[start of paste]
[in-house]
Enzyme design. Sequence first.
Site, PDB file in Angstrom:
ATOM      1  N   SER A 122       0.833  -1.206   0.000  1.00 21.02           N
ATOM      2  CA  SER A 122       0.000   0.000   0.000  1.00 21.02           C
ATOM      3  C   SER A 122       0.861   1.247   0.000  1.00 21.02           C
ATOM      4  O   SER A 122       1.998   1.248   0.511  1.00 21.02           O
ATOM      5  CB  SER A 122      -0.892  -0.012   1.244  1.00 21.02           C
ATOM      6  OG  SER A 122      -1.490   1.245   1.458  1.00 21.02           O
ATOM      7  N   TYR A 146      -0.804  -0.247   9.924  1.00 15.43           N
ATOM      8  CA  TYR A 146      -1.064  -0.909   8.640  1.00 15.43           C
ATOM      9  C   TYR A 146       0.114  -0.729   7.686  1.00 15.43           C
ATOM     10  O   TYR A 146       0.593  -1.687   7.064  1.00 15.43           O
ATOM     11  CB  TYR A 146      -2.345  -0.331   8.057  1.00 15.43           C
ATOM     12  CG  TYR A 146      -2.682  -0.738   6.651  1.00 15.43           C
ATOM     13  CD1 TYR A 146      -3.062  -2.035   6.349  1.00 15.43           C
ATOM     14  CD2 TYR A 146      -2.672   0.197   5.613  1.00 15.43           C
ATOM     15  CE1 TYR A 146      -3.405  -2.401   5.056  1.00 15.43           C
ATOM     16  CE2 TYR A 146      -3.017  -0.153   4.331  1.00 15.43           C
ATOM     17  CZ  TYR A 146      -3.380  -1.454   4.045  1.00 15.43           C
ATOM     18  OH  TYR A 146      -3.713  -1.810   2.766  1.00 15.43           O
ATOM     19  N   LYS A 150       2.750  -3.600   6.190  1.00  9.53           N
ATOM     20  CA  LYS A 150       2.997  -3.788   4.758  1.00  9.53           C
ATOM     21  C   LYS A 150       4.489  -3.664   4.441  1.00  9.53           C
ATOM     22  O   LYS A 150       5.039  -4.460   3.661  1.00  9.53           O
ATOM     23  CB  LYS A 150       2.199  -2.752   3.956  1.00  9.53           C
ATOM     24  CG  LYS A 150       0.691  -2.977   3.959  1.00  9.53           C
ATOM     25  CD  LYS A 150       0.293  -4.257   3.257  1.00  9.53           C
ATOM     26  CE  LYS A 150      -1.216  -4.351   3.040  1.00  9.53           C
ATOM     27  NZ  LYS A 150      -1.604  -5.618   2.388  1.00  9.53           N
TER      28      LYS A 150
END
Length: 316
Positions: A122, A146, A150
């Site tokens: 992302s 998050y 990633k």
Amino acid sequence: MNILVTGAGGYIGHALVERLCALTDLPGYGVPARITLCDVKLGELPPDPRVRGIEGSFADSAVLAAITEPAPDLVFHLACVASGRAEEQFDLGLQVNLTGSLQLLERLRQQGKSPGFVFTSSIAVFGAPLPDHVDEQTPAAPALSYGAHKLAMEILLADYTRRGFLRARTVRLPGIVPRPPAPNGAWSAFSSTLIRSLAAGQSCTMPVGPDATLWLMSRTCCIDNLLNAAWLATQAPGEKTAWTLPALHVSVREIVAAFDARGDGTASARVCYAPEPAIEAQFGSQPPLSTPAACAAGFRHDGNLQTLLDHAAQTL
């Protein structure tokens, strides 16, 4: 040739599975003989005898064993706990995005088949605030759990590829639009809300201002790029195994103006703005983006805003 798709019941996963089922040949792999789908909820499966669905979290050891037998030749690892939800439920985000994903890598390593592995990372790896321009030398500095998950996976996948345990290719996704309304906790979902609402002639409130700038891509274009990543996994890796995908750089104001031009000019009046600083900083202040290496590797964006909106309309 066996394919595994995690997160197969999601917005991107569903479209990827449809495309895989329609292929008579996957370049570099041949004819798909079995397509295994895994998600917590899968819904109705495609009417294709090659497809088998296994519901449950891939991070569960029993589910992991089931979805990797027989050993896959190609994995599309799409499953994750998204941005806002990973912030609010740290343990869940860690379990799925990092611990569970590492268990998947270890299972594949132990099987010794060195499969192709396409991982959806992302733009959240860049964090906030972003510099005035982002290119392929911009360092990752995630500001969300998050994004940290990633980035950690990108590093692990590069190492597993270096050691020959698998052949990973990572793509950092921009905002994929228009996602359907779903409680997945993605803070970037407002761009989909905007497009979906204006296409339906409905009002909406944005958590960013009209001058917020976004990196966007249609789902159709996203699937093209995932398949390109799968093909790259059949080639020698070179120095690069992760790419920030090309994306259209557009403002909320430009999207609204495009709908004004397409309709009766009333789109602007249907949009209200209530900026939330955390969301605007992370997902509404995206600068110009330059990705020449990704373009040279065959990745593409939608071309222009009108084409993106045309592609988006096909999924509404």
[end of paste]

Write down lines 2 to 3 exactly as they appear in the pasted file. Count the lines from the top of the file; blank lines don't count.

Enzyme design. Sequence first.
Site, PDB file in Angstrom: